Since then, 33 no-hitters (and six perfect games) have been thrown, but none have come within baseball's opening week. Ubaldo Jimenez has come the closest to ending the drought, tossing a no-hitter against the Atlanta Braves while with the Colorado Rockies on April 17, 2010.

    To say that we're due for an opening week no-no would be an understatement.







Houston Will Go Without a Win

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    The future is bright in Houston, where the farm system is stocked with high-upside talent thanks to years of ineptitude and shrewd acquisitions by GM Jeff Luhnow.

    But that talent isn't ready for prime time yet, and the Astros' opening week roster is full of holes that their opening week opponents, the New York Yankees and Los Angeles Angels, will be able to exploit.

    Houston doesn't have the offense needed to hang with either of those high-powered offenses, and the Astros simply don't have a talented enough pitching staff to keep them in check. That's a recipe for an opening week disaster.

    While teams don't necessarily have to be good—just lucky—to pick up a win or two against superior competition, there aren't enough four-leaf clovers and rabbit's feet in Houston for the Astros to walk into the season's second week with anything other than a zero in the win column.

Jose Fernandez Will Shut Out the Colorado Rockies on Opening Day

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    Things couldn't have gone much better for Jose Fernandez in 2013, with the 21-year-old taking home the NL Rookie of the Year Award, finishing third in the race for the NL Cy Young Award and establishing himself as one of the elite pitchers in baseball.

    One thing the über-talented youngster wasn't able to do, however, was shut out the opposition.

    That will change on Opening Day when he toes the rubber against the high-powered Colorado Rockies offense at Marlins Park, one of the more pitcher-friendly venues in the game.

    Fernandez was Bob Gibson-esque at home last season, going undefeated in 13 starts (9-0) with a minuscule 1.18 ERA and 0.86 WHIP. Even with the likes of Carlos Gonzalez, Justin Morneau and Troy Tulowitzki powering the Colorado attack, the Rockies will be unable to put a run on the board.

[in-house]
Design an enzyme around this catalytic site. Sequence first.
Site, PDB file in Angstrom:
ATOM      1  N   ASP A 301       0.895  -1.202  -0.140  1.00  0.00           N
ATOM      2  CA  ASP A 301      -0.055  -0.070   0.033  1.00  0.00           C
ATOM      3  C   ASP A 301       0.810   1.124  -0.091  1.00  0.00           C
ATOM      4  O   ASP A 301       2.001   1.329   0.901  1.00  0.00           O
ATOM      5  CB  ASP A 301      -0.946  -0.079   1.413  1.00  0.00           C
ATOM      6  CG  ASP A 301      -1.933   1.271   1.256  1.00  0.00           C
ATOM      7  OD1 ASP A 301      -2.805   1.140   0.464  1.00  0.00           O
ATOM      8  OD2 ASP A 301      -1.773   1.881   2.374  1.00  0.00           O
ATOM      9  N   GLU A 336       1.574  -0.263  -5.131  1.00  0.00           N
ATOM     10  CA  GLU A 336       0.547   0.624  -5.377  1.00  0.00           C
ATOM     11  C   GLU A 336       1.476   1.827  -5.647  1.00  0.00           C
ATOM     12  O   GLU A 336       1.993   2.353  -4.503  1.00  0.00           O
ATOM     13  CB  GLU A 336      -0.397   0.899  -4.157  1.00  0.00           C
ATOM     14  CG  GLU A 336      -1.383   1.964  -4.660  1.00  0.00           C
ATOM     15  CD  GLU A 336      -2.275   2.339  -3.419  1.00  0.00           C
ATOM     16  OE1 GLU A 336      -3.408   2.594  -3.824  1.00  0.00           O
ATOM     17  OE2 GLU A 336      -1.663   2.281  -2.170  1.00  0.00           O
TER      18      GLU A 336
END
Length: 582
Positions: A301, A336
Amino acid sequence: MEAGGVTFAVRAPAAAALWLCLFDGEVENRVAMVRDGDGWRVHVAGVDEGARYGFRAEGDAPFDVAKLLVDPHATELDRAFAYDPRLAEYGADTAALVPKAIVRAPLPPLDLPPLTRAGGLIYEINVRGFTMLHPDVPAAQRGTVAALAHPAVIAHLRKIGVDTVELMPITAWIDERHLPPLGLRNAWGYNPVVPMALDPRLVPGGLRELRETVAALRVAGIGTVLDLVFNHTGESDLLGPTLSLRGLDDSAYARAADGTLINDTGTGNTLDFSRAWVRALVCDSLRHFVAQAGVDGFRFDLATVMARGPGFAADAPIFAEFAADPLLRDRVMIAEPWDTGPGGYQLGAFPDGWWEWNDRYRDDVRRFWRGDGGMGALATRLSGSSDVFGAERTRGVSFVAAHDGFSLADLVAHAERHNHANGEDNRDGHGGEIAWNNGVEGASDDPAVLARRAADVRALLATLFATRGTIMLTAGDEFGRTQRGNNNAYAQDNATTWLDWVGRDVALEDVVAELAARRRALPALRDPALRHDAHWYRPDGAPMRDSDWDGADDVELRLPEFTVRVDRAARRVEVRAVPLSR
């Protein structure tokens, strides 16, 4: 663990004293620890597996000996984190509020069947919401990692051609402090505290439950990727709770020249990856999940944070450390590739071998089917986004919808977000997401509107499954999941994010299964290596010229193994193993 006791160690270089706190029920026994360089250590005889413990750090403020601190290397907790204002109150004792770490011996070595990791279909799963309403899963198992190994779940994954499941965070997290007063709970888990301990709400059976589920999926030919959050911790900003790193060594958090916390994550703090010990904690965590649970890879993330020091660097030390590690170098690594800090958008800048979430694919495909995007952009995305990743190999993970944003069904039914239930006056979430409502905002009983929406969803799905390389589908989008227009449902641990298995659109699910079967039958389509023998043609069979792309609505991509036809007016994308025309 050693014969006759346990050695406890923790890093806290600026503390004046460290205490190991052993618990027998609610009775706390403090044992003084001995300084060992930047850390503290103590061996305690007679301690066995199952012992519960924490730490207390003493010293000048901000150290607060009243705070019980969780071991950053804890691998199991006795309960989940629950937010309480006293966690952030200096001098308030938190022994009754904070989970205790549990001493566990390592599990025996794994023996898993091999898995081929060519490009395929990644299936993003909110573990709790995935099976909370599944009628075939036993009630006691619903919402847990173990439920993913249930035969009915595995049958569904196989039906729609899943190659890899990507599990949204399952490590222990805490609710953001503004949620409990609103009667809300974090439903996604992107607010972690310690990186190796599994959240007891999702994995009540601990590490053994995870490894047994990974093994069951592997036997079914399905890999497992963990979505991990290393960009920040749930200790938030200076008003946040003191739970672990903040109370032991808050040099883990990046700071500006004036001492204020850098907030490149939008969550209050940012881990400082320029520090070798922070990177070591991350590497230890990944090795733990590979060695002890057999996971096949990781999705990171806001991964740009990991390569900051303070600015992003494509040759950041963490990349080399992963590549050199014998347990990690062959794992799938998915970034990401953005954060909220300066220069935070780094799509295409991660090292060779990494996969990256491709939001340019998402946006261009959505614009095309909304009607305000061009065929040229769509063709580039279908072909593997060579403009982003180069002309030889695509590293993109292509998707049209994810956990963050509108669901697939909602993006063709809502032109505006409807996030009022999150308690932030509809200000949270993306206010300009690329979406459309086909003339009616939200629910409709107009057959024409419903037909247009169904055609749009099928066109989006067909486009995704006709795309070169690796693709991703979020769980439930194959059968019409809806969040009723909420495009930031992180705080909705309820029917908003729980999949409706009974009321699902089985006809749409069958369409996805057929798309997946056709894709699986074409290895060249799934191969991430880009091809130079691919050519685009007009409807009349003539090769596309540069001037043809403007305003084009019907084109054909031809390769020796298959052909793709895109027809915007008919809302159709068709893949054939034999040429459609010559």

Derek Jeter's Farewell Tour Will Begin with a Bang

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    Derek Jeter enters the final season of his career looking for redemption after an injury-plagued, ineffective 2013 that saw him hit .190 in only 17 games.

    The Yankees open the season against Scott Feldman and the Houston Astros, a pitcher that Jeter has historically hit well over the course of his career (.300/.364/.600 with two home runs). 

    We'll be able to make that three home runs after Opening Day, as the Yankees captain will take Feldman deep, setting the tone for what will be a remarkable finish to a legendary career.


An Upton Brother Will Get Off to a Sizzling Start

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    A year ago, Justin Upton began his career as a member of the Atlanta Braves with a torrid opening week performance, hitting .318 with six extra-base hits (five home runs), seven RBI and a 1.405 OPS.

    This time around it will be his older brother, B.J., that puts up big numbers for the Braves to begin the regular season.

    The elder Upton spent the winter refining his swing and we've seen the results this spring, with the 29-year-old center fielder hitting .297 with a pair of doubles.

    Is he ever going to live up to the expectations that were put upon him as a 19-year-old with the Tampa Bay Rays a decade ago? Probably not. But he still has a chance to live up to the expectations that came with the five-year, $75.25 million deal he signed with Atlanta before the 2013 season.